Ian Wilson, managing director of Wilsons Auctions, the auction house responsible for the sale of Olympic gold medal winning horse Uthopia last night in Belfast, has said the horse’s tale is “a sad story”.
He also said he was not familiar with the name of the winning bidder, who was present in the auction room and proffered £165,000 for the 15-year-old stallion by Metall.
“We know the registered details but we’re yet to speak to them,” he told H&H on Friday night. “The bid is possibly on behalf of someone else. I can’t say I recognise the bidder’s name.
“We really hope the horse is staying in the home he’s sleeping in tonight.”
Having received criticism for selling Uthopia but not being horse specialists, Ian was quick to point out that the horse’s marketing partly took care of itself.
“Anyone interested in the horse knew more about it than we did. We have people trained in testing and inspecting cars, but not horses. But the best people have given their opinions on Uthopia; Olympic vets and riders.
“Throughout this process Carl Hester has been very very helpful. He seems like a genuinely nice person and I really hope he’s already had a call.”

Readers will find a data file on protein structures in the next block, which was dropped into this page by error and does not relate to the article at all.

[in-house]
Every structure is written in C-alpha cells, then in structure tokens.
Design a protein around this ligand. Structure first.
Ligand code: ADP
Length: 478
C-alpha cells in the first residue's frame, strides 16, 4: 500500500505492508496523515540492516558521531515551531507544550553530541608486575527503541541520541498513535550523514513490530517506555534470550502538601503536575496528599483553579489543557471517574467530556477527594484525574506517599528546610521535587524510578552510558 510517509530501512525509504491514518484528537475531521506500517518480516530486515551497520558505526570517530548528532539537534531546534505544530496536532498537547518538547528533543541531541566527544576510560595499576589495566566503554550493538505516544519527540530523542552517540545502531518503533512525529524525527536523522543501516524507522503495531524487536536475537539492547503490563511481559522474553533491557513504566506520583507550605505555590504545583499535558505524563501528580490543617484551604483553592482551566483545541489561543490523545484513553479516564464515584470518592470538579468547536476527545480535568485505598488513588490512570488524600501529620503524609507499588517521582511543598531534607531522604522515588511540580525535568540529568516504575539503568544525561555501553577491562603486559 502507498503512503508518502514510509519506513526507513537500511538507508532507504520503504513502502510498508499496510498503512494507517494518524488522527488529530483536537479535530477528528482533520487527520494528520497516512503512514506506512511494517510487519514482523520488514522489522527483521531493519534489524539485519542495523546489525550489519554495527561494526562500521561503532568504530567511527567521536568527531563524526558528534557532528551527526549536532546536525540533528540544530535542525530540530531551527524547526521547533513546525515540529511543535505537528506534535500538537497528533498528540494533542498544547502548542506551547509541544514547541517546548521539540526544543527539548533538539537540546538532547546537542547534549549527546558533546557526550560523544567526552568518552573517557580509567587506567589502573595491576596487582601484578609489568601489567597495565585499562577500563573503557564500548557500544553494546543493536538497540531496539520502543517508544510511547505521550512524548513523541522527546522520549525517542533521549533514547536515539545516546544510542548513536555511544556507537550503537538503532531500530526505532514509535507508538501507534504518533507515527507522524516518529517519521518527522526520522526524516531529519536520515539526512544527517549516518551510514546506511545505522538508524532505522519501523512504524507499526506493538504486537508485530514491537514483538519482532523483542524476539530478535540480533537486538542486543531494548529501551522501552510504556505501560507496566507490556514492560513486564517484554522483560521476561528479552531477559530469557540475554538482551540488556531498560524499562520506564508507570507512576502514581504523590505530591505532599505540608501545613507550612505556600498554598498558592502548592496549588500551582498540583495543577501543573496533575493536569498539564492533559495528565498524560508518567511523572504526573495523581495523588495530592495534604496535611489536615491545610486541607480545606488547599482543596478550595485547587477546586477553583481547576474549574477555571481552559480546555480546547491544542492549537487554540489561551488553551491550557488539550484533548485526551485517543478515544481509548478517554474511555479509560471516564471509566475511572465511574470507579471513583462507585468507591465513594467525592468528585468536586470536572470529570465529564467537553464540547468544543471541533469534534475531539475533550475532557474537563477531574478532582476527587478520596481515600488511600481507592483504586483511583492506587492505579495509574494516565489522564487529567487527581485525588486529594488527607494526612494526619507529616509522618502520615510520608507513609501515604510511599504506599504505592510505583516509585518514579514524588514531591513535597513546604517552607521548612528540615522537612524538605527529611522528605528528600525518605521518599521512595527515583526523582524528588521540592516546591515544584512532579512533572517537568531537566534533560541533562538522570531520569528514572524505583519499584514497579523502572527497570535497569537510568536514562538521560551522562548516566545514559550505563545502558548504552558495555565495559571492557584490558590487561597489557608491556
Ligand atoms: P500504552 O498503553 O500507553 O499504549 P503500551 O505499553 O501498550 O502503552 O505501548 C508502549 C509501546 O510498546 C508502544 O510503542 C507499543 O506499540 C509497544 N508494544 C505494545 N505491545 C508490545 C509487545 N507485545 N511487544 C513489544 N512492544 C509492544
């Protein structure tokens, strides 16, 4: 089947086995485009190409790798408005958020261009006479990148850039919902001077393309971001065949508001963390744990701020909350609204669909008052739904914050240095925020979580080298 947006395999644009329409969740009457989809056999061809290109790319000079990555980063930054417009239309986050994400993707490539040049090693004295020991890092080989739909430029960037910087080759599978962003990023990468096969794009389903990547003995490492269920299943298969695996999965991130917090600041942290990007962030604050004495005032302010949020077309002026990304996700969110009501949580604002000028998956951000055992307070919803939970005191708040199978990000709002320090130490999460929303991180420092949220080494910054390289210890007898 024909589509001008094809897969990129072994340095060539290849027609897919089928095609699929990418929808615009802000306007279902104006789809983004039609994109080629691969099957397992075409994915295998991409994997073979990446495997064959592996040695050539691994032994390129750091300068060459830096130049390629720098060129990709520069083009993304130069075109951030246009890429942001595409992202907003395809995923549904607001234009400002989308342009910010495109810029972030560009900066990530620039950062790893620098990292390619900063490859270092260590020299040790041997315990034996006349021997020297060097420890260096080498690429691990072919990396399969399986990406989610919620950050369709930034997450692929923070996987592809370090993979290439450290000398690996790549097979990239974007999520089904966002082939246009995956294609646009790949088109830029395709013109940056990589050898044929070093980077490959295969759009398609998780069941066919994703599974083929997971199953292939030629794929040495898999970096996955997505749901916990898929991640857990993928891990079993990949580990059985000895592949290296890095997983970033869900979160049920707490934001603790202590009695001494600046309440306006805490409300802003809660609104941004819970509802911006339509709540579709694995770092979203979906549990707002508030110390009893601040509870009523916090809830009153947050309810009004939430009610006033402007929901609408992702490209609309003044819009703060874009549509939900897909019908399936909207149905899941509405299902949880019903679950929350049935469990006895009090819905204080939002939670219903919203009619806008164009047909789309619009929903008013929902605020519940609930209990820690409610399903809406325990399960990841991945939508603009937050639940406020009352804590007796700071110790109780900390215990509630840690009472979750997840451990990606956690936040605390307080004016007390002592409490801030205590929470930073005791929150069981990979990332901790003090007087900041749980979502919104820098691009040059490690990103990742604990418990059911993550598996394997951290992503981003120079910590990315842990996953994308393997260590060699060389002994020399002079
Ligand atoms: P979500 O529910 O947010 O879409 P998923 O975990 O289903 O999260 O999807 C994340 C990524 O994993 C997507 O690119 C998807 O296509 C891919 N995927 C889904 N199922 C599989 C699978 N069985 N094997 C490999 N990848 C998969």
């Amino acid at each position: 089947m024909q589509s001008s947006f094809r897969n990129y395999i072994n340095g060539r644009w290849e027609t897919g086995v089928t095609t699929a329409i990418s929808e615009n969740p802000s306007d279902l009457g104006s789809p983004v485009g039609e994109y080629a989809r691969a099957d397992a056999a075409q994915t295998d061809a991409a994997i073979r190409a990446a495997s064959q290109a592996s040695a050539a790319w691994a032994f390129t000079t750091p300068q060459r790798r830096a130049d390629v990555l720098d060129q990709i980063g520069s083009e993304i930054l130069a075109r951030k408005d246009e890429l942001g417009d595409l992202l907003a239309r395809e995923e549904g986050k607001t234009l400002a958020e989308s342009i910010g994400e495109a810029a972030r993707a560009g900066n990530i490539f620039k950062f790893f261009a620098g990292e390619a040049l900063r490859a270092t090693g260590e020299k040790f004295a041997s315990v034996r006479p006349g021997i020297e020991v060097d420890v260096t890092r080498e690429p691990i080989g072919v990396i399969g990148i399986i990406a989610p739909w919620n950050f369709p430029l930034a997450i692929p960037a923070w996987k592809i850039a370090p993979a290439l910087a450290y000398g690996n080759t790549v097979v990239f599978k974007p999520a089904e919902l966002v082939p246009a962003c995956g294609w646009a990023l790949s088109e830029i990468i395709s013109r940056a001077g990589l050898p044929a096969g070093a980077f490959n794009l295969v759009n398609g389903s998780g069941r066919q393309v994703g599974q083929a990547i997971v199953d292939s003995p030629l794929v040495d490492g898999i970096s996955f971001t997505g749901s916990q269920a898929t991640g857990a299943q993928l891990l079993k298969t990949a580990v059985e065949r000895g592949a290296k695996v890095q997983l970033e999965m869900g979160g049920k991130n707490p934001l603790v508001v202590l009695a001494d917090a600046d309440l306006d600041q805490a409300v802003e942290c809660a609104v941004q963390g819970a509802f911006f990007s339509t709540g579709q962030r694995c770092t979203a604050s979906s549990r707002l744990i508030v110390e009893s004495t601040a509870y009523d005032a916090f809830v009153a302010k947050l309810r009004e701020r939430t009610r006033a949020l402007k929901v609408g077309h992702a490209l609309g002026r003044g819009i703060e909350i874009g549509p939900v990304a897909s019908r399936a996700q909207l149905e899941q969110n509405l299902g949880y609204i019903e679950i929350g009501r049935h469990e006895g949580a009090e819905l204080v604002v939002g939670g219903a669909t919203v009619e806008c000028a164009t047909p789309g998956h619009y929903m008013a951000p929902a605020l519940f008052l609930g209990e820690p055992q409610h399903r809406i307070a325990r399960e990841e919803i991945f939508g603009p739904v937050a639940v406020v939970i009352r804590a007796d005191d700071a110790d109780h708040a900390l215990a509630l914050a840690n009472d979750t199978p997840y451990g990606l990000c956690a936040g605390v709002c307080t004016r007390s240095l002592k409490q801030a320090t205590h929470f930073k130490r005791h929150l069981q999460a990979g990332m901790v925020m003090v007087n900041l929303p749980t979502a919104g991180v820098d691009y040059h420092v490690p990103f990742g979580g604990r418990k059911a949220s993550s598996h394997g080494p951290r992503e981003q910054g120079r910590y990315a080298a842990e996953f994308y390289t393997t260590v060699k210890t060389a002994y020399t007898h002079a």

Ian was confident that Wilsons Auctions could expose Uthopia to the largest possible global audience to achieve the highest market price possible.
“For traffic, our website is in the top half of the top 1% in the world. I don’t have exact figures but looking at the map of the hits around the world is mindblowing,” Ian told H&H. “So when we put something on the site, a lot of people see it.
“We were very keen that people had the opportunity to bid from anywhere online.”
He added: “Now we’ve done our job with Uthopia and the buyer has a couple of days to pay.
“It’s a sad story though and I wish someone had involved me four years ago and then I don’t think we would be sitting here today.”
Ian is a keen horseman himself, having been out eventing the previous week and a regular on the hunting field.
Uthopia was sold by Tom Keenan (Keenan Corporate Finance) and James Neill (HNH Group). Mr Keenan and Neill had held joint ownership of the horse by virtue of their respective roles as trustee in bankruptcy over two separate bankruptcy estates — Sasha Stewart and her father Derek Harrison.